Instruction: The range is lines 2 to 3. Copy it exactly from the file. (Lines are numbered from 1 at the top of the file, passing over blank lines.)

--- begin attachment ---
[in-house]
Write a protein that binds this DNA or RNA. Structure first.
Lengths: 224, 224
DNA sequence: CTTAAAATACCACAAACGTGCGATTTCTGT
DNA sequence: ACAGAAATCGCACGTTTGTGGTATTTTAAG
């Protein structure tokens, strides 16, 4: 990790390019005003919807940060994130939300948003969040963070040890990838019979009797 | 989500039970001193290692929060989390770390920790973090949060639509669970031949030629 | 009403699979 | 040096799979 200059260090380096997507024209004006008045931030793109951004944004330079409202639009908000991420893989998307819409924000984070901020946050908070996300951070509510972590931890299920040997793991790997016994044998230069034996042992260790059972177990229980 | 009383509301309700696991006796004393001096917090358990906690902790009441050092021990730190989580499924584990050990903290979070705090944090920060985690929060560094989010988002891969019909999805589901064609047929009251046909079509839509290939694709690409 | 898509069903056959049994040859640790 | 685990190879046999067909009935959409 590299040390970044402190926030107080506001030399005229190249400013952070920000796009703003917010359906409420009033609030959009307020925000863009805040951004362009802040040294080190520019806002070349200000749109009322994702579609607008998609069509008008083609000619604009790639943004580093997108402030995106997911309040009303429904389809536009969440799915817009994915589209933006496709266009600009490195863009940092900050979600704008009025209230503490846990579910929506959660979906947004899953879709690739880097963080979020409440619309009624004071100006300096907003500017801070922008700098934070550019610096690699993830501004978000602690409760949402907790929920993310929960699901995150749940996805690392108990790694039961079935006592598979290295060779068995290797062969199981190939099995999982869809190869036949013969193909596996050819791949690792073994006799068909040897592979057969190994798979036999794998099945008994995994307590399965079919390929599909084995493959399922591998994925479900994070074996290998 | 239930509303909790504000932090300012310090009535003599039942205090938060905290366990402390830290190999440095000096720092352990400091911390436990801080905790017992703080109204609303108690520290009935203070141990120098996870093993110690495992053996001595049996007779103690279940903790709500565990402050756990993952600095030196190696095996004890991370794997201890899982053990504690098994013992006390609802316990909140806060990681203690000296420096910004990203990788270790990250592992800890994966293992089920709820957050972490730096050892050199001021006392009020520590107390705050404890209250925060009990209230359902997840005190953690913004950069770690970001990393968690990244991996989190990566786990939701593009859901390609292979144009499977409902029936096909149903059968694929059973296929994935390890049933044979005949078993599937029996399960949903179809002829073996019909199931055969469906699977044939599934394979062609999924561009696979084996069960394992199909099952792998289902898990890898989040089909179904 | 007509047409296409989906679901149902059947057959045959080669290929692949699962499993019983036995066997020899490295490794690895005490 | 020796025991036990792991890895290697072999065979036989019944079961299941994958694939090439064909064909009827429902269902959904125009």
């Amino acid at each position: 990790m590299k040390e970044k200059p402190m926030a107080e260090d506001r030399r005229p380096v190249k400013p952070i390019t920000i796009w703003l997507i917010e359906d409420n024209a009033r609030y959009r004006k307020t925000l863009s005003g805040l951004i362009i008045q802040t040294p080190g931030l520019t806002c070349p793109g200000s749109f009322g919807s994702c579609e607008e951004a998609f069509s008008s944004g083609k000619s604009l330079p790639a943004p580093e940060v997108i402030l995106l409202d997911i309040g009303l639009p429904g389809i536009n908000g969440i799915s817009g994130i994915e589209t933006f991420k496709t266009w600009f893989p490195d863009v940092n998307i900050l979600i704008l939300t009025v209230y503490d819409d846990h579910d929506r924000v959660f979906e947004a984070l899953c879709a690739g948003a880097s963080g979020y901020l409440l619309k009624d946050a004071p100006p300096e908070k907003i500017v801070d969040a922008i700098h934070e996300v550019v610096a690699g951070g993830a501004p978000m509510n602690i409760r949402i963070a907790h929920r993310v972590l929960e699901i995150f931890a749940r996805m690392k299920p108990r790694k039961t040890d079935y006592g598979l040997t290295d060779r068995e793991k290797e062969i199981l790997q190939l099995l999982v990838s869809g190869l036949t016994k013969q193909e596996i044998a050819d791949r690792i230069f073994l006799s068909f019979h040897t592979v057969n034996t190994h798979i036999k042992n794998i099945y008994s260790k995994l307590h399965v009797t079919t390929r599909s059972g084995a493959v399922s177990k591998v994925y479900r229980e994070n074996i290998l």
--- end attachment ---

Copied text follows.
Write a protein that binds this DNA or RNA. Structure first.
Lengths: 224, 224